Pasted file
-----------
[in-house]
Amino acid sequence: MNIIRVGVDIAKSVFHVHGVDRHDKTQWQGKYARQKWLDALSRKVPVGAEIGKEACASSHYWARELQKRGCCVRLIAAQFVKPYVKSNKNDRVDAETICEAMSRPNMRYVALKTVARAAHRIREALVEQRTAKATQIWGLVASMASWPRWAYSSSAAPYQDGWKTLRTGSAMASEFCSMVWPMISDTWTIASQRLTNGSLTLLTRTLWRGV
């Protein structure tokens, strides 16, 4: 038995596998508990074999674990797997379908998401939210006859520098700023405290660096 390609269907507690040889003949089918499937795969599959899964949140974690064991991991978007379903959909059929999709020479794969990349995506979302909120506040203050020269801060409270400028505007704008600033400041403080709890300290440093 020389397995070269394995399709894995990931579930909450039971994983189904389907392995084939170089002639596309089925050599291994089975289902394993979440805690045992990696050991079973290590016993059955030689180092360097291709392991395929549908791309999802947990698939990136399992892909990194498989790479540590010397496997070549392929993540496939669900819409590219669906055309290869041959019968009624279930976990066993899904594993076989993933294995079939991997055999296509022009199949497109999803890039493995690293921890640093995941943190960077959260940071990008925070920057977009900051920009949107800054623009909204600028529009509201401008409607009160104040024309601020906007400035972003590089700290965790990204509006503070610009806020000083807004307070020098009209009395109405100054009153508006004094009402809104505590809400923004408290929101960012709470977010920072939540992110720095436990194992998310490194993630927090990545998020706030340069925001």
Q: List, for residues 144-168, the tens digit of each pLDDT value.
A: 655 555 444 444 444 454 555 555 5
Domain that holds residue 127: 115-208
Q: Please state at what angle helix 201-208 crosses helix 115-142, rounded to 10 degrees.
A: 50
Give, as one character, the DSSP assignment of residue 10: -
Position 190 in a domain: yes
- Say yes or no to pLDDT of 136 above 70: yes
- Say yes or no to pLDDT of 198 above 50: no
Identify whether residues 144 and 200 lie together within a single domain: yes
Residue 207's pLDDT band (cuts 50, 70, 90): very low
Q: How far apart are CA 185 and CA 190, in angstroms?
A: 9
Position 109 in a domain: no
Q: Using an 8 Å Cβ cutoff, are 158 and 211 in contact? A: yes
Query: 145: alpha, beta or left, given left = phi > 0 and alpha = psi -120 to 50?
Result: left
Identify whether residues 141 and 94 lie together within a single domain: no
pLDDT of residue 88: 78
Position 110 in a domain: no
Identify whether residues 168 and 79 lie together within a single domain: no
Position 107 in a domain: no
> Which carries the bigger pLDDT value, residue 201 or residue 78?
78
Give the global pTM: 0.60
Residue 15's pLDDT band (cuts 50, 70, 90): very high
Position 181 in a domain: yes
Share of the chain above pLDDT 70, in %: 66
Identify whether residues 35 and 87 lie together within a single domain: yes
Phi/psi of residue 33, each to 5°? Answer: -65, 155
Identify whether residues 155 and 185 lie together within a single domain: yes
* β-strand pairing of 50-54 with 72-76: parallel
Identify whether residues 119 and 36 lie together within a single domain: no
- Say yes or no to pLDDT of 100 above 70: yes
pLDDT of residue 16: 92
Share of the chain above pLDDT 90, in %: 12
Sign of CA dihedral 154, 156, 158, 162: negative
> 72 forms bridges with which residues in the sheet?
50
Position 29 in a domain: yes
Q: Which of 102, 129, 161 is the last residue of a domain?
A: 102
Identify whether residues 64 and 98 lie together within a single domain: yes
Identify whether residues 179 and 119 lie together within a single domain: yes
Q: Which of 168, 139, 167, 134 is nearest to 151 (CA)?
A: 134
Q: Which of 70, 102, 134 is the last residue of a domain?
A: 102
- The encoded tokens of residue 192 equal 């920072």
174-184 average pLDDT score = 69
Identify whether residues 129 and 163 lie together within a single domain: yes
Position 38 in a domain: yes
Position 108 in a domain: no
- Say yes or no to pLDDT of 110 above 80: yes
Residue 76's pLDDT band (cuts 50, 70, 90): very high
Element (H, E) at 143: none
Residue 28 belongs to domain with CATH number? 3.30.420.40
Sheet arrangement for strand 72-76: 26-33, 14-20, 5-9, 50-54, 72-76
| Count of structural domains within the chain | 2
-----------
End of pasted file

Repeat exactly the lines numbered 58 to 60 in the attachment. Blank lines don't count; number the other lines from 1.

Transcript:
Residue 76's pLDDT band (cuts 50, 70, 90): very high
Element (H, E) at 143: none
Residue 28 belongs to domain with CATH number? 3.30.420.40